“You don’t have empathy,” a friend told me during college. “You just don’t get it.”
I wasn’t sure exactly what I was supposed to be getting at the time, but I also knew my friend was wrong. But at the same time, I didn’t know what to tell her.
To me, empathy is still one of the more difficult to understand aspects of autism and life. Many people have heard the stereotype that people with autism don’t have empathy. I think that this is true, in that they don’t experience empathy in the same way neurotypicals experience empathy. And that can be frustrating, because empathy is often a foundational aspect of friendship. It’s definitely one of many obstacles to making friends for the typical person with autism.
But I do think I experience empathy in my own way. It’s rarely a healthy way though. When my friend tells me something bad is going on in their life, I do care about them and I’ve learned how to express those feelings. Fundamentally that is what empathy is: learning to put yourself in somebody else’s shoes. Inside though, I’m conflicted and torn. “How can I possibly be sorry in a true and adequate way for this person’s child being sick when I don’t have kids? That is a feeling I literally can’t relate to, so how do I show this person that I care?” That is where things begin to not compute for me.
There are also times when I get so overwhelmed with empathy for a certain situation I just withdraw. I think funerals are the best example of this. As a churchgoing person, I respect funerals as a celebration of a person’s life through a ceremonial process. But actually going to them is rough for me. Crying loudly and publicly in front of other people does nothing to help my grief, so I don’t understand how it helps other people’s grief. It feels like funerals in a way are designed for people who are grieving to at least feel like they are not grieving alone. But that is something that is just different for me. My black-and-white brain accepts death as a black-and-white thing. It is nice to have comfort from friends during hard times, because losing a person is still a very difficult thing to wrap my brain around. But it’s not something I need to accept their death. One thing I still know was a bit unusual was in 2010 when I accepted my mom’s death very quickly after her cancer diagnosis and spent the last two months of her life detaching from the rest of my family and her because I couldn’t understand their feelings, their anger, or their sadness and that was difficult for me. I know this detachment upset family members at times. It was something, however, that I did not know how to change.
Another way in which I have a difficult time showing empathy is with facial expressions. I literally am incapable of making my face show an expression I am not currently feeling at the time, other than maybe a small smile for pictures. But I certainly can’t make it frown or look upset, and those “pose and make a funny face for the camera” pictures are always lost on me. I feel like sometimes that is another way in which I struggle to relate to others, and that sometimes my face is supposed to be showing something that it just isn’t. It’s another part of language that is foreign to me.
A lot of what I write is designed to help people with autism find their way in the world and relate to people who are different from them. But there are some fundamental blocks that are pretty large, where it feels like we are speaking a different language, and this is one for me. I hope as the number of diagnoses for people with autism continues to increase, we develop an understanding of how to deal with this. Not being able to understand and see people in the way they want to be seen when they are upset is something that is very difficult for me. I love the feeling of friendship, of building something special that makes me feel good based on common interests and feelings, and it is hard when there is a point where that back-and-forth transfer of feelings becomes blocked.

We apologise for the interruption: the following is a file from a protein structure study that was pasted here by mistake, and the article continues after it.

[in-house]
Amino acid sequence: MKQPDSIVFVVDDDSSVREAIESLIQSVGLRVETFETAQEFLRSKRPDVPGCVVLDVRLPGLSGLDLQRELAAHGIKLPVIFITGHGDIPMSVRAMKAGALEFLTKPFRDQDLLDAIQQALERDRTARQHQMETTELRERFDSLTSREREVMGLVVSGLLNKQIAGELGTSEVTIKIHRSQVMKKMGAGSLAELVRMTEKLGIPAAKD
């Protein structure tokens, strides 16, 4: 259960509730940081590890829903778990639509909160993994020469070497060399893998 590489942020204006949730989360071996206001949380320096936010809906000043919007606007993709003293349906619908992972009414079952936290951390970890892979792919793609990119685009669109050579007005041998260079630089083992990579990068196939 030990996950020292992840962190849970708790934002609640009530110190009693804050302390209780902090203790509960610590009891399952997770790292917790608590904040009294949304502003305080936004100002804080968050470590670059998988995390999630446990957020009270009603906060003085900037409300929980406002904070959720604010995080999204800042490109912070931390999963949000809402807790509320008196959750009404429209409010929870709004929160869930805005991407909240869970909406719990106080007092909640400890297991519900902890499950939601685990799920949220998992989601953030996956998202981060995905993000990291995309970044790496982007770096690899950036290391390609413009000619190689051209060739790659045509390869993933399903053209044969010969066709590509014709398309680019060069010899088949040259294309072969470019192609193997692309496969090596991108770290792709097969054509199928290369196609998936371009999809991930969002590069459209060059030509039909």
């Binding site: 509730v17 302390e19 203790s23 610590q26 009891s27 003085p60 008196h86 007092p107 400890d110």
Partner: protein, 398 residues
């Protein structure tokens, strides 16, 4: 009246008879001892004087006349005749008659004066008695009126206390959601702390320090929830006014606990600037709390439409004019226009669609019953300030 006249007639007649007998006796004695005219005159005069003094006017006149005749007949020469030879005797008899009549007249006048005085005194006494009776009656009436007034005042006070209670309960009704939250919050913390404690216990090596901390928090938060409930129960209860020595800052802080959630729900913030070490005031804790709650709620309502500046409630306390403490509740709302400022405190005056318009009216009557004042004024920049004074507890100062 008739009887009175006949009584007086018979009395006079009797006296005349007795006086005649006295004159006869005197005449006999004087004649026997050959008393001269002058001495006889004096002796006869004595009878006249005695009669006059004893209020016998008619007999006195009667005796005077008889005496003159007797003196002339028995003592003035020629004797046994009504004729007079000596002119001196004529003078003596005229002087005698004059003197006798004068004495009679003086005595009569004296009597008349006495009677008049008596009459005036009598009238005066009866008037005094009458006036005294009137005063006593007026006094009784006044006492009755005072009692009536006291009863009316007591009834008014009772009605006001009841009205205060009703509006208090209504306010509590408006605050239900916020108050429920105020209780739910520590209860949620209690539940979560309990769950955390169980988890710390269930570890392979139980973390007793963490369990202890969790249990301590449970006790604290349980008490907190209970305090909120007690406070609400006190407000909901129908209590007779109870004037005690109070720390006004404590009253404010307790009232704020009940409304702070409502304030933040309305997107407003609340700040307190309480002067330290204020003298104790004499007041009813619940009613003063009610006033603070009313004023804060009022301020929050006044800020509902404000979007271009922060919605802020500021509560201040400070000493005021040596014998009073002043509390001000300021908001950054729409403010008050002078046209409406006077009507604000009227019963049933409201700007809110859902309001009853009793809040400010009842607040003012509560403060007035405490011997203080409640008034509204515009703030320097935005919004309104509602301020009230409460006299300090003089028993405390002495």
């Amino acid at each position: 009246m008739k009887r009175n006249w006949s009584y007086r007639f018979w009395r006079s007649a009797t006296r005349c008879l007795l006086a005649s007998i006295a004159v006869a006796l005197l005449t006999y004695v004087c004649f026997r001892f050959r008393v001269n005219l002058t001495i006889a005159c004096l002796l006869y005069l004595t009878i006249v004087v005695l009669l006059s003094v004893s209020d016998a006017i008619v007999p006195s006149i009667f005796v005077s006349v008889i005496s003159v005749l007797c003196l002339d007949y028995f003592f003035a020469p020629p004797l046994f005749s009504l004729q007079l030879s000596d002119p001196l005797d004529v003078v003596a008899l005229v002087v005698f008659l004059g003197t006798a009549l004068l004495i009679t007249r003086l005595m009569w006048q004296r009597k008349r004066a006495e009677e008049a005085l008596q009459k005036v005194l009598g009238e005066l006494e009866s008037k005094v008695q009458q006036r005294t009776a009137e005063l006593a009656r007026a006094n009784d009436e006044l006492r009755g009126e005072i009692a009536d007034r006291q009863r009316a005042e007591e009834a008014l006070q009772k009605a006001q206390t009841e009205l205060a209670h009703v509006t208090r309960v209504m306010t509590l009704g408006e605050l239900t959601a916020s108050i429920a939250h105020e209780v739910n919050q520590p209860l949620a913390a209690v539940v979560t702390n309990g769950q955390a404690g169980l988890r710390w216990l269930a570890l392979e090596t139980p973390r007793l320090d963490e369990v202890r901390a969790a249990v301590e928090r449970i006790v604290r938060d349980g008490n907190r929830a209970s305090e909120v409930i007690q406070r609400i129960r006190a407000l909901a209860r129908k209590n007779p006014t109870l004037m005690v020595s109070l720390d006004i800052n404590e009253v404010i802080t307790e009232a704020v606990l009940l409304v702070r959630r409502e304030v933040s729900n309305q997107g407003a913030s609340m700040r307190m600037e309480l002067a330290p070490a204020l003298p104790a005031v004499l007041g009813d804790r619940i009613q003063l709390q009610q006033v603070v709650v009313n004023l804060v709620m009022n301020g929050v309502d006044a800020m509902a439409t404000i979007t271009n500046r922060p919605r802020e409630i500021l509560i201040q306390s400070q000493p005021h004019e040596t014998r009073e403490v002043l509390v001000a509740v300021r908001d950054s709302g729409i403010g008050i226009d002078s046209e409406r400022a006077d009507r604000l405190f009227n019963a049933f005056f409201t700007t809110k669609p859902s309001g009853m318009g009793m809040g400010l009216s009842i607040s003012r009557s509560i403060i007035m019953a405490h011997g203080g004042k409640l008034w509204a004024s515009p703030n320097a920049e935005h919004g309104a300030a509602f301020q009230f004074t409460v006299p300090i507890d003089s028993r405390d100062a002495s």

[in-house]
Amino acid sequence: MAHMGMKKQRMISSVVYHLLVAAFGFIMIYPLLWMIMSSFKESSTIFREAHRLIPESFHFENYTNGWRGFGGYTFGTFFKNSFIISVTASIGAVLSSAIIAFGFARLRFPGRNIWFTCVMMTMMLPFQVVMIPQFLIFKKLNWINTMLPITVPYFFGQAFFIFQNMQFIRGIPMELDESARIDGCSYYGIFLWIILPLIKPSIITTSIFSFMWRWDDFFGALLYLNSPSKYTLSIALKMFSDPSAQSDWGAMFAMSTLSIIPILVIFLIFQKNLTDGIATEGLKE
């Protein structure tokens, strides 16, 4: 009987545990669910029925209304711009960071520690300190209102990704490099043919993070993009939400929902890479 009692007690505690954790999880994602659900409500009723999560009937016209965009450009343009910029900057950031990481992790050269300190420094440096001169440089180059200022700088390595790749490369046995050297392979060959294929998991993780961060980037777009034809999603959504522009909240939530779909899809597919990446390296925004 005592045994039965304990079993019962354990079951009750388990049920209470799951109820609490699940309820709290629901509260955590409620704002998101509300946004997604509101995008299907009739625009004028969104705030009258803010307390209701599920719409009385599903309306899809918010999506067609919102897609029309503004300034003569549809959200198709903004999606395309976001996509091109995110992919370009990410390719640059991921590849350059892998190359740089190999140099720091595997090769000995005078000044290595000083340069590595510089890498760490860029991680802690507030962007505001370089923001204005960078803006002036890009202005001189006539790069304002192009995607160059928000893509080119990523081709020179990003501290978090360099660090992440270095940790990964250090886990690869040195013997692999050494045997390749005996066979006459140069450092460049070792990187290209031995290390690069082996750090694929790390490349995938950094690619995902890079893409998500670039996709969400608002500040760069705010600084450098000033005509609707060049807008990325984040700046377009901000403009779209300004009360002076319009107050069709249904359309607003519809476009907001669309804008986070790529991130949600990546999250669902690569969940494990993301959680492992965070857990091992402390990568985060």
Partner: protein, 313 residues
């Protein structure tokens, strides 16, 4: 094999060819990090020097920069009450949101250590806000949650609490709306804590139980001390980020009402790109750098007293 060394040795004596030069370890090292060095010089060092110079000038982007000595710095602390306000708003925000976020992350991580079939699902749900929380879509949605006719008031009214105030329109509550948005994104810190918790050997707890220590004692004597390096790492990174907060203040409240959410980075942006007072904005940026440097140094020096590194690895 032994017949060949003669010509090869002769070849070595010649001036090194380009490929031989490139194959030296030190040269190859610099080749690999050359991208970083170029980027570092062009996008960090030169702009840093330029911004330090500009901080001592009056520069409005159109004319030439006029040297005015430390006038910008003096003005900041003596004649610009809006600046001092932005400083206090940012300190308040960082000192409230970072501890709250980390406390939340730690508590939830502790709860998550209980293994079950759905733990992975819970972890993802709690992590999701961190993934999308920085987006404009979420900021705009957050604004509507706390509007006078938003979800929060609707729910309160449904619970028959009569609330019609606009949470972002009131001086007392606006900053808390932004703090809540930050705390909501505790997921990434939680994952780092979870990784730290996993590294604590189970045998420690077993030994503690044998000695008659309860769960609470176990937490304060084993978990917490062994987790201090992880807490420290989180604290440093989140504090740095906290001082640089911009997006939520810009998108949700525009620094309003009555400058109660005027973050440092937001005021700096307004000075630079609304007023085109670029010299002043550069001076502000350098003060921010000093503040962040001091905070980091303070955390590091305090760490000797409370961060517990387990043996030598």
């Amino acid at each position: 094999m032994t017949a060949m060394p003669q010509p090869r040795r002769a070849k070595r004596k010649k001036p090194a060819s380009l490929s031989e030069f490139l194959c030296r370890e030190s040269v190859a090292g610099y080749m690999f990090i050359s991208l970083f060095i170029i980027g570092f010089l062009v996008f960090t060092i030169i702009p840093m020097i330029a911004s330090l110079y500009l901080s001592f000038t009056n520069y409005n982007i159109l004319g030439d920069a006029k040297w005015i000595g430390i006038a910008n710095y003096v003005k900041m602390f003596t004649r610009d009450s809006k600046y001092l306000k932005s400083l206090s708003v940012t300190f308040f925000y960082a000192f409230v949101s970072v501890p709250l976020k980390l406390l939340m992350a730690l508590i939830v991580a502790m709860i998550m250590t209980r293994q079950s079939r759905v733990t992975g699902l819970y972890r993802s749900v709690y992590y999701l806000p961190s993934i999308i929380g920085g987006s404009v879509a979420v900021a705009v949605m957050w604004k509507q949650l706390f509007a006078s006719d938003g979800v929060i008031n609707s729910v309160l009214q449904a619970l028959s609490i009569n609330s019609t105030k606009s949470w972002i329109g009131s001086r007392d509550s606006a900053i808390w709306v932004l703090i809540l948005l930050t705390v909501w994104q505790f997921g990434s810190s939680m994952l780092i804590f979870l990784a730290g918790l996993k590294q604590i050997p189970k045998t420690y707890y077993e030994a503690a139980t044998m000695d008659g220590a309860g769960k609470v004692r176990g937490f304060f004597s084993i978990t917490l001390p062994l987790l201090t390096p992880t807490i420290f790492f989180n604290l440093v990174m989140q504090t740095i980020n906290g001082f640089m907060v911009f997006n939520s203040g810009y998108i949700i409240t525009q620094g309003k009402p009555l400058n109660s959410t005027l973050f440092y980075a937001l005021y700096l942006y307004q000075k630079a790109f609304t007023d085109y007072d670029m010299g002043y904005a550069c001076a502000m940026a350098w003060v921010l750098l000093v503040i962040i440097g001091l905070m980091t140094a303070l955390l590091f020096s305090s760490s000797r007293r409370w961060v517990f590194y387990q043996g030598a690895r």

In a sense, empathy is like another language to me. It is kind of like touching is another language, although that is mostly easier for me to deal with.
I don’t understand how to touch people in a way that makes them feel comfortable, or when it’s appropriate to offer a hug or when it’s not, so I just don’t do it. In a sense, COVID has been a relief because I’ve found that, even in 2022, while people have finally begun to touch each other again, they still are touching each other way less than they were before, so it’s one other way communication is easier for me now than it was then. But as you might imagine, it has left me wanting in relationships, because it’s one area that I just choose not to engage in. Empathy is kind of like that, except I can’t choose not to engage in empathy. I just have to accept that my way of feeling empathy is different, be confident that my feelings are valid, and learn how to show those feelings in the correct way, even though it is something that doesn’t come naturally to me and feels like another language. However, making an effort to show empathy is very important because it can be very upsetting when you don’t.
I hope this has helped shine a light on how difficult relating to others truly can be. There are so many things as an autistic person where it’s easy to go, “Wow, I need to learn how to do this, let me just do x, y, and z, and then I can at least do a reasonable job of getting by.” This isn’t really one of those things. The next time you’re wondering why a neurodivergent person in your life isn’t feeling the emotions you want yourself to feel, ask yourself why you’re trying to control their emotions, and remember, some things are just like speaking a different language.